Special Needs Planning

special needs boy being hugged by sisters

Special Needs Planning is important to protect your loved ones with special needs, provide for their care currently and in the future, protect assets from estate taxes and long-term care costs, preserve their eligibility for government benefits and provide funds for the “extras” that improve their quality of life.

An experienced attorney can help you with comprehensive planning and vital documents:

  • Apply and qualify for SSI benefits
  • Apply and qualify for Medicaid
  • Provide for your loved ones in your Will
  • Set up a Special Needs Trust
  • Set up a Supplemental Needs Trust
  • Develop an Estate Plan tailored to your needs and goals
  • Assist with long-term care and asset protection planning
  • Provide General Powers of Attorney and Health Care Powers of Attorney that are appropriate for your circumstances

Special Needs Trusts and Supplemental Needs Trusts are crucial legal tools for children and adults with disabilities.  As the average life span of our population increases, caring for people with disabilities has become more challenging and assuring that assets will be available throughout their lifetimes is more complex.  Special Needs Trusts and Supplemental Needs Trusts can be created with proceeds from a judgment or settlement, or by a loved one with concerns for a beneficiary in need.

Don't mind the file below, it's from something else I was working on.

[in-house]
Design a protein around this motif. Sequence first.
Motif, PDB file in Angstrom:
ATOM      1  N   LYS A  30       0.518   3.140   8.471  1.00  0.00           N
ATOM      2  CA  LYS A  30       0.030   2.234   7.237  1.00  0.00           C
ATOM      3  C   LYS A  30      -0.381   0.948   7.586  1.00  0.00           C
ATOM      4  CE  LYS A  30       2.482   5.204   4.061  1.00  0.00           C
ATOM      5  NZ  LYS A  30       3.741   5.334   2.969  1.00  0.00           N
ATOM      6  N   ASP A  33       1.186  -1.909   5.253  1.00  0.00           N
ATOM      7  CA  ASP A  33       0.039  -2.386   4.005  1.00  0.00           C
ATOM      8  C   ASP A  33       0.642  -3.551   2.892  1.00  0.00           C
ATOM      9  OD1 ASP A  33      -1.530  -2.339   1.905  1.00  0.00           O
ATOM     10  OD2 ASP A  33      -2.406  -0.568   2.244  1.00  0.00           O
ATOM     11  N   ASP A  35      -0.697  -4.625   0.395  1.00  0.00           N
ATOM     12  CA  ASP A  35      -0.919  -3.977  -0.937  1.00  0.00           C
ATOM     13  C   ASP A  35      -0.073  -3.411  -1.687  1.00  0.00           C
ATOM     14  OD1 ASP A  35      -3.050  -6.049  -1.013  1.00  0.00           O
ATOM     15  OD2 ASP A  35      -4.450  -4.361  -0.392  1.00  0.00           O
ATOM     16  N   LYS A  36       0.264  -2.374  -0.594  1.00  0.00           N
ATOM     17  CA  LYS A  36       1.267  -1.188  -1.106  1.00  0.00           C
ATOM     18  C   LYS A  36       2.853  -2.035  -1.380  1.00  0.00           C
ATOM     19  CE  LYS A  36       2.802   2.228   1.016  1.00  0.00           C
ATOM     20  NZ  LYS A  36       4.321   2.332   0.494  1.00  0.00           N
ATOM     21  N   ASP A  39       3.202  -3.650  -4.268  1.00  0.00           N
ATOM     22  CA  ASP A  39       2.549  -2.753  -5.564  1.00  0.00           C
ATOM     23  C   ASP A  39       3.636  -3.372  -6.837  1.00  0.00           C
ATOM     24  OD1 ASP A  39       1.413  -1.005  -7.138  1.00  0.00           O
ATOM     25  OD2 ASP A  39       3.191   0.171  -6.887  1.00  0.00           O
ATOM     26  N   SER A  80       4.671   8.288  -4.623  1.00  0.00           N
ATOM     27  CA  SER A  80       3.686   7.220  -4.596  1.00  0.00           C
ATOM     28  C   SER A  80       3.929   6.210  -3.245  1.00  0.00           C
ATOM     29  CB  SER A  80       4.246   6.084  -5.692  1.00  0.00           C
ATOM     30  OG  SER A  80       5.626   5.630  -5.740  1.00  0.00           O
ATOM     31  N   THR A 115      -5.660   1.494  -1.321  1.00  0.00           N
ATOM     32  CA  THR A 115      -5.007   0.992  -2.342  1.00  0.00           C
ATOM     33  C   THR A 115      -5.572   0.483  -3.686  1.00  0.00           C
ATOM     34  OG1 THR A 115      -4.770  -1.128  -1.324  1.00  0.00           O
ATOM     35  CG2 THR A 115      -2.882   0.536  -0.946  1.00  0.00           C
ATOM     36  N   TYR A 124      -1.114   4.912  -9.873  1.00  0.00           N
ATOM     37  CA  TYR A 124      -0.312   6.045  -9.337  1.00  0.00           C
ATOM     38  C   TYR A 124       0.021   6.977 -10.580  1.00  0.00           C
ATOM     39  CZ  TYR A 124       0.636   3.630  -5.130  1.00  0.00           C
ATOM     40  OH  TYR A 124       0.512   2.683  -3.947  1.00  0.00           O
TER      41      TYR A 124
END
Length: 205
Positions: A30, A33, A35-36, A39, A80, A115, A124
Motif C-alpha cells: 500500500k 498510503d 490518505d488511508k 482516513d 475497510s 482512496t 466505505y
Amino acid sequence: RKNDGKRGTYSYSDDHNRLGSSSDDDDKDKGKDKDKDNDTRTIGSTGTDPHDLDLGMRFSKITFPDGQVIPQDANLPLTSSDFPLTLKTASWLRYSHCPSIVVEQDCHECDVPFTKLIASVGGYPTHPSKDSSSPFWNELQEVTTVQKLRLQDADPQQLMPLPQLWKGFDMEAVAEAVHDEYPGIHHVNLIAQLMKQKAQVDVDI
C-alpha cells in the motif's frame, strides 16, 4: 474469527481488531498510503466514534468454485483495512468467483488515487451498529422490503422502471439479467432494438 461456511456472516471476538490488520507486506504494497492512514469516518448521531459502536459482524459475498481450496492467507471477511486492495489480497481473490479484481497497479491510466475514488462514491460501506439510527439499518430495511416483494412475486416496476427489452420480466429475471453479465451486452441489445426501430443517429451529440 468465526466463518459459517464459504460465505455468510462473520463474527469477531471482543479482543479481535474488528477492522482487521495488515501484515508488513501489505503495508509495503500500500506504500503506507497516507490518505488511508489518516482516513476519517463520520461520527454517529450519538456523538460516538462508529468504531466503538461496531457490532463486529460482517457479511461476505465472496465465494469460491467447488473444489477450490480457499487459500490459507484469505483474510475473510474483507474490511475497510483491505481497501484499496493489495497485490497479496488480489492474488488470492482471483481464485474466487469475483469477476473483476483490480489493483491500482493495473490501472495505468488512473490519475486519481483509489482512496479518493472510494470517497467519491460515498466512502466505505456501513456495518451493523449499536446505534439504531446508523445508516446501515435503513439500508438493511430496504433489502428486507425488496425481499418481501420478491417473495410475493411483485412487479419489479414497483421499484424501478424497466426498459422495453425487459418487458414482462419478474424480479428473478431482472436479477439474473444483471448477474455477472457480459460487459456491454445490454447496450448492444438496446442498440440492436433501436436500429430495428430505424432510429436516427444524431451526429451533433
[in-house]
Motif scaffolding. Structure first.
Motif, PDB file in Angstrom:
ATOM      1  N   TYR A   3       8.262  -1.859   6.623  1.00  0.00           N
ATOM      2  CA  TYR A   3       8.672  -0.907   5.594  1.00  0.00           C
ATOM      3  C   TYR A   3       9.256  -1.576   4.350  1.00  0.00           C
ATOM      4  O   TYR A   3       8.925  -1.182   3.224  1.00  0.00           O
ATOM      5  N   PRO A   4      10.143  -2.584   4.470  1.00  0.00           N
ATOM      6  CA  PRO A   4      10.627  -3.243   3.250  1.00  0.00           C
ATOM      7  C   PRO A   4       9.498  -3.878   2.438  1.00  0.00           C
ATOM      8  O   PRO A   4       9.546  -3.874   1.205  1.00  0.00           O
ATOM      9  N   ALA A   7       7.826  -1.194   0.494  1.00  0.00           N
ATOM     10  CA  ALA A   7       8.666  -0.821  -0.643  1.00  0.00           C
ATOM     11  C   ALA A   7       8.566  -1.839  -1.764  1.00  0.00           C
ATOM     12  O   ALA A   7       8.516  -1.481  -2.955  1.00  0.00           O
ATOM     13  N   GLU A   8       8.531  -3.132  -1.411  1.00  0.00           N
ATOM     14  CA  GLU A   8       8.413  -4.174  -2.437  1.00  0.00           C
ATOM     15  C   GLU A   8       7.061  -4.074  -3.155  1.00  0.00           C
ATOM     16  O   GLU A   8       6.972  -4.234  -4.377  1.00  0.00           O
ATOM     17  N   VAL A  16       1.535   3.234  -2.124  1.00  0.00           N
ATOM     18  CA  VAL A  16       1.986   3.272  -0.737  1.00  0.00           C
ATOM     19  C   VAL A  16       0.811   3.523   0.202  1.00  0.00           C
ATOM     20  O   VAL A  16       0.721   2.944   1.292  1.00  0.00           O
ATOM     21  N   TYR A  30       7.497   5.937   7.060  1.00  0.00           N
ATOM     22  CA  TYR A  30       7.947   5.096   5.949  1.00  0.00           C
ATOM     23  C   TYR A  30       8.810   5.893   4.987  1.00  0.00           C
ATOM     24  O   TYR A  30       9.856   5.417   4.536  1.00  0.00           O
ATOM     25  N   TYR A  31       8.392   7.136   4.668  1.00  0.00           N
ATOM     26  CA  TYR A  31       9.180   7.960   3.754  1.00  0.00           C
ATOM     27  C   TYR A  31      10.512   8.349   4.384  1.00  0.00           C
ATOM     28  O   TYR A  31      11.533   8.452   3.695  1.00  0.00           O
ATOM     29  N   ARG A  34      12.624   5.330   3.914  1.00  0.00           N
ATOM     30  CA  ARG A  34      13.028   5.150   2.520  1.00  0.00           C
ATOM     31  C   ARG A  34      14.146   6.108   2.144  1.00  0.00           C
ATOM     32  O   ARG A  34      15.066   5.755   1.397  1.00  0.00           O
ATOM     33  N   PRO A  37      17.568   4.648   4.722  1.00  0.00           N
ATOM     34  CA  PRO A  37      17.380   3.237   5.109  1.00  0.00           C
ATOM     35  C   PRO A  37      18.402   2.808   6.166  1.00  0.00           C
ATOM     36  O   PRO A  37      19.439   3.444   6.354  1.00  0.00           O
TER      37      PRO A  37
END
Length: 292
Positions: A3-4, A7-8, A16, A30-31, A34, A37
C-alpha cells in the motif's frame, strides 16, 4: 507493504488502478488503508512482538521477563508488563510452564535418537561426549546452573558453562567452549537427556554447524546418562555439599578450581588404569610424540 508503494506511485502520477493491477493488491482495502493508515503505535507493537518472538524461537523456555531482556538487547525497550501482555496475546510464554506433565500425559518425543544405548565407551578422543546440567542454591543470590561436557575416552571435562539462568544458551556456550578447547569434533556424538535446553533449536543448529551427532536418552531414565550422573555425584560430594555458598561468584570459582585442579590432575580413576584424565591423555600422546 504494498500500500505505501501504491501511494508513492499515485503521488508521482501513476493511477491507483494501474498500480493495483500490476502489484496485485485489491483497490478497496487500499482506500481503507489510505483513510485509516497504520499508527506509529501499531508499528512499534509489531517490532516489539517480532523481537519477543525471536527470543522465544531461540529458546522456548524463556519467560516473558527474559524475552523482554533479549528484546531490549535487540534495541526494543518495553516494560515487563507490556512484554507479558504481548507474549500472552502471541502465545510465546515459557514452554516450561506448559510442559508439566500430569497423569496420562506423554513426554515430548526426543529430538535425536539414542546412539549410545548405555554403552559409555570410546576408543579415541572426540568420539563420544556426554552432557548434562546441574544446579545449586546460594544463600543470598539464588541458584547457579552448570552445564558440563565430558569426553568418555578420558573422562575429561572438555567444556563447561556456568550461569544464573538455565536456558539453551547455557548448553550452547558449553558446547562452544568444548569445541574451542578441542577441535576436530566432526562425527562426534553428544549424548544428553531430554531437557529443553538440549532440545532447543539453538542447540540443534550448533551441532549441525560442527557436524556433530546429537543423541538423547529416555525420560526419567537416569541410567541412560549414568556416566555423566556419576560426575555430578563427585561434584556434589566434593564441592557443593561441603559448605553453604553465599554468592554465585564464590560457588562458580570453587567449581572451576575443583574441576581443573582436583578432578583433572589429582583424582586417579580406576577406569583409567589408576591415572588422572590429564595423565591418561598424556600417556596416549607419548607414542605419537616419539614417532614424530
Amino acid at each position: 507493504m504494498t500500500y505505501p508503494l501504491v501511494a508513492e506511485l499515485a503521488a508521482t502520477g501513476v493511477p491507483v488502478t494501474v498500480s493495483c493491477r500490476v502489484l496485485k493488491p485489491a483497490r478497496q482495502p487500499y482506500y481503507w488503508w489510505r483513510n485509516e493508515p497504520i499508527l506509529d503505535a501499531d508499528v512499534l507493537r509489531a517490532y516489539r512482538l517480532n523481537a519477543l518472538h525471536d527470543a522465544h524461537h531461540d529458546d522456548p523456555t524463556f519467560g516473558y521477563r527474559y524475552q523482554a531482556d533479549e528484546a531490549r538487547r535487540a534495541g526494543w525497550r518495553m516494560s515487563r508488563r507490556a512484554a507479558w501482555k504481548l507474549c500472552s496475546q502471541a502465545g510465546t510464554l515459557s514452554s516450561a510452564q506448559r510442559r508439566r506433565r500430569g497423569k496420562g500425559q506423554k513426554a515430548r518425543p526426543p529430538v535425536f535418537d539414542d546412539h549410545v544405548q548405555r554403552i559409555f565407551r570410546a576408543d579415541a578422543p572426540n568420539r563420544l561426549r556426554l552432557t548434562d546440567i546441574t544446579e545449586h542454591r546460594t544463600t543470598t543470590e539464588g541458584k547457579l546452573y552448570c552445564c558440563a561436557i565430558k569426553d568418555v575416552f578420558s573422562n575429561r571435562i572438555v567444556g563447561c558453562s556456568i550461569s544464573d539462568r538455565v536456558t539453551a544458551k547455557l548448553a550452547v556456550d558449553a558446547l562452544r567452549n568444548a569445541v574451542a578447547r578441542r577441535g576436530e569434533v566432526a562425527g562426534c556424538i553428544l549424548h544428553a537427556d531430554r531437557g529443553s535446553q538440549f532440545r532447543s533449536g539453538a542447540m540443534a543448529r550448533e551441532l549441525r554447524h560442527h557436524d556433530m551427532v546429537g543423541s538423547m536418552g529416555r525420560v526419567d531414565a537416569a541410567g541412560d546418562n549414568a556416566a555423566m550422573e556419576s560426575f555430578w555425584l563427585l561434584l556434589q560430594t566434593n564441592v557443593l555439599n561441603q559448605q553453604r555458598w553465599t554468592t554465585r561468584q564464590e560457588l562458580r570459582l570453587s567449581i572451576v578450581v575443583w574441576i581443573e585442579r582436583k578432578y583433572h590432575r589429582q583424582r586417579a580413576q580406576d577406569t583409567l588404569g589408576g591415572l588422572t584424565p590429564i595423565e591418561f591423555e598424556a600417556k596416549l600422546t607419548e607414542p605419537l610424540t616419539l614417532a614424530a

Qualified Self-Funded Special Needs Trust or (d)(4)(A) Trust

  • Irrevocable Trust
  • Beneficiary is under 65 and has special needs
  • Funded with Beneficiary’s assets
  • Provides that Medicaid must be reimbursed for all benefits paid to Beneficiary upon Beneficiary’s death
  • Established by parent, grandparent, guardian or court order

Qualified Pooled Special Needs or (d)(4)(C) Trust

  • Non-profit organization manages and establishes the trust
  • Beneficiary is under 65 and has special needs
  • Funded with Beneficiary’s assets
  • Trust account established by parent, grandparent, guardian or court order
  • Medicaid must be reimbursed for all benefits paid to Beneficiary upon Beneficiary’s death
  • Non-profit or designated family members receive distributions from remaining money

Third Party Special Needs Trust

  • Revocable Trust, Irrevocable Trust, Testamentary Trust
  • Beneficiary is person with special needs
  • Funded with assets of third party, not Beneficiary’s assets
  • Goal is to provide funds that supplement, not supplant sources of support for the Beneficiary, such as SSI or Medicaid
  • Often used in place of disinheriting your loved one with special needs in order to preserve eligibility for government benefits

The selection of a Trustee and Guardian is particularly difficult in the best of circumstances and extremely worrisome in many cases. 

  • Do they fully understand the special needs of your loved one?
  • Will they adequately provide for your loved one?
  • Do they understand the complex terms of the Trust?
  • Will they be able to mange the investments, tax planning, accounting and administrative responsibilities?
  • What will happen if the Guardian or Trustee is no loner available?

The team at Keston Law can help you develop a comprehensive plan to care and provide for your special needs loved one.

Contact Us